Audit of advertising expenditures by the Australian Government
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The Auditor-General responded on 26 April 2019 to correspondence from Dr Kerryn Phelps AM, MP and co-signatories dated 10 April 2019, requesting that the Auditor-General conduct an investigation to examine campaign advertising.
Dr Kerryn Phelps AM MP
Federal Member for Wentworth
287-289 New South Head Road
Edgecliff NSW 2027
By email: kerrynphelps.com.au
Dear Dr Phelps
Government advertising—performance audit
I am writing in response to your letter of 10 April 2019 requesting that I conduct an audit of advertising expenditures by the Australian Government.
I commenced a performance audit of government advertising on 25 September 2018. The objective of the audit is to assess the effectiveness of the Department of Finance’s and selected entities’ implementation of the Australian Government’s campaign advertising framework.
The Australian National Audit Office (ANAO) is reviewing the following campaigns as part of the audit:
- Department of the Environment and Energy— Energy for the Future campaign (also known as Powering Forward);
- Department of Education and Training— National Child Care Reforms campaign; and
- Department of Health— Physical Activity for Young Women campaign.
The audit report is anticipated to table in July 2019. Further information is available from the ANAO website at: https://www.anao.gov.au/work/performance-audit/government-advertising.
Previous performance audits of government advertising have reported on campaign advertising expenditure on both a financial year and monthly basis, to illustrate trends over time. The most recent report, Auditor-General Report No. 22 2016-17 Government Advertising: March 2013 to June 2015, is available from the ANAO website at:
https://www.anao.gov.au/work/performance-audit/government-advertising-march-2013-june-2015. Expenditure information can be found at pages 32-34 of the report.
The report also included a comparison between the Australian Government’s campaign advertising framework and similar international and state frameworks at the time the audit was undertaken. That information can be found at pages 31-32 of the report.
The matters you have raised will be considered in the context of the current audit.
I have copied this letter to the co-signatories of your correspondence, Mr Adam Bandt MP, Ms Rebekha Sharkie MP, and Ms Julia Banks MP.
Correspondence from Dr Kerryn Phelps AM, MP and co-signatories
Transcript of letter from Dr Kerryn Phelps AM, MP and co-signatories
Auditor-General of Australia
GPO BOX 707
Canberra ACT 2600
10 April 2019
Dear Mr Hehir
We urge you to conduct an audit of advertising expenditures by the Federal Government.
The purpose of government advertising should be to communicate information about policies, programs, and services to the public. However, we understand there are no statutory regulations on the amount of spending for government advertising.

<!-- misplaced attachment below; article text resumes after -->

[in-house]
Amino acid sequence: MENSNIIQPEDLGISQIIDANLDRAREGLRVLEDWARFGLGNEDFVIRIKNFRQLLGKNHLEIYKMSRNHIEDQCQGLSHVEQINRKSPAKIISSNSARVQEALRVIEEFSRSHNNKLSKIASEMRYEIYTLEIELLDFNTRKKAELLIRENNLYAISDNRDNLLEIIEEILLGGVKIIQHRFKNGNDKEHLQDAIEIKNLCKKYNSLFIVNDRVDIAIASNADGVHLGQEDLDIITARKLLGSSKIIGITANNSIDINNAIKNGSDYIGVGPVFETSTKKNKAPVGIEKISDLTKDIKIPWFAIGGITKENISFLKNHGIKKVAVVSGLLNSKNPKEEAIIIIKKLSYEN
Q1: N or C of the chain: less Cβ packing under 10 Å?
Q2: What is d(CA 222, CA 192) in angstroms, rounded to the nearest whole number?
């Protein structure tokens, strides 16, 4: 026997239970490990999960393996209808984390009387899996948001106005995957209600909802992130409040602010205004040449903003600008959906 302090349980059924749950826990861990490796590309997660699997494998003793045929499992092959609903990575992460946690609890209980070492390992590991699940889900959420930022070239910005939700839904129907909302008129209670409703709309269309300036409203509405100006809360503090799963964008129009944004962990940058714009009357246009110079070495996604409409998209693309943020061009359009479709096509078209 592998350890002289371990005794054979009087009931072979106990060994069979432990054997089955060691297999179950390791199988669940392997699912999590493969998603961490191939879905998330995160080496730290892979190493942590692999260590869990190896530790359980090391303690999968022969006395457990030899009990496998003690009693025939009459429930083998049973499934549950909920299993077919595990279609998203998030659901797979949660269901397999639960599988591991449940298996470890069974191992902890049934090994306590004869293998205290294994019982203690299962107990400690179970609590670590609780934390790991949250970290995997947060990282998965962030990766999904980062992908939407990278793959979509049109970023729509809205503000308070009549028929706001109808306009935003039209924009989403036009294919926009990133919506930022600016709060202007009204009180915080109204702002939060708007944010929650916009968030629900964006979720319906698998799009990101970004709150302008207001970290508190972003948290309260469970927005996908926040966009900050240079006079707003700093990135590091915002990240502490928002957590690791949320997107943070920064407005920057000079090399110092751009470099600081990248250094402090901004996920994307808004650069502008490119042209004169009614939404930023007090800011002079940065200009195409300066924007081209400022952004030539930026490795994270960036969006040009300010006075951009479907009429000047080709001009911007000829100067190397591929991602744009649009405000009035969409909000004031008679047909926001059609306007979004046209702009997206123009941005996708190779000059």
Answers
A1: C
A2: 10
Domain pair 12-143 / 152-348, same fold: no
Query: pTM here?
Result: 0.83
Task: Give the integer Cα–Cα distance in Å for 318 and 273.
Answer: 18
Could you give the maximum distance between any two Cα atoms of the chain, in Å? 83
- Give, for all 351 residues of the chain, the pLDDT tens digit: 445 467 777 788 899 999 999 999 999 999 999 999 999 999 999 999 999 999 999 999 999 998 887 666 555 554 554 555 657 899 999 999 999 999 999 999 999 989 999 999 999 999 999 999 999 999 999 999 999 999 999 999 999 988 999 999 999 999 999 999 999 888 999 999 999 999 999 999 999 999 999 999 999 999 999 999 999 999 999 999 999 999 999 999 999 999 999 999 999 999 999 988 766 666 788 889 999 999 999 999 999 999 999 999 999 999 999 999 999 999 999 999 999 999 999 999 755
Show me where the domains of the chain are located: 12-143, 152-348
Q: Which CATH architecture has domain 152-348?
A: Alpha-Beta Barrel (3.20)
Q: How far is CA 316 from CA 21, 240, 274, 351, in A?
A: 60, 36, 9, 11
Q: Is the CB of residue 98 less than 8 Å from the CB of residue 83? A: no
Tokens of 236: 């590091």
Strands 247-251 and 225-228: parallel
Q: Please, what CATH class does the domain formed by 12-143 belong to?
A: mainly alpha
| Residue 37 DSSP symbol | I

While there are government guidelines that provide the framework for the conduct of government advertising, there is no mention of a limit to the use of public funds for advertising campaigns. This means that the political party in power is able to spend taxpayer money to any extent it wishes, as long as the content of the advertising falls under the guidelines.
According to a Government Advertising audit done by your office from March 2013 to June 2015, campaign advertising expenditure totalled over $1.3 billion from the years 2008 to 2015. Over the course of these seven financial years, an average of $186 million was spent yearly on campaign advertising.
Additionally, in two of the campaigns evaluated in the same audit, the overall effectiveness of the campaigns was unable to be determined due to the Departments not setting specific outcome measures.
When substantial public funds are spent with no assessment of effectiveness, it begs the question: Is this really an appropriate use of taxpayer money?
Furthermore, the amount spent on government advertising increases as elections draw near. Since January 2019, the Federal Government has spent $136 million on government advertising. Therefore, it would appear that the goal here is not to inform the public about programs and services, but rather for the Government to promote their electoral agenda.
In New South Wales, government advertising is prohibited approximately two months before the state election. Would your office advise whether this could be implemented at a federal level?
We request your office investigate government advertising and determine if taxpayer money has been used appropriately, and whether guidelines can be strengthened.
Dr Kerryn Phelps AM MP
Adam Bandt MP
Rebekah Sharkie MP
Julia Banks MP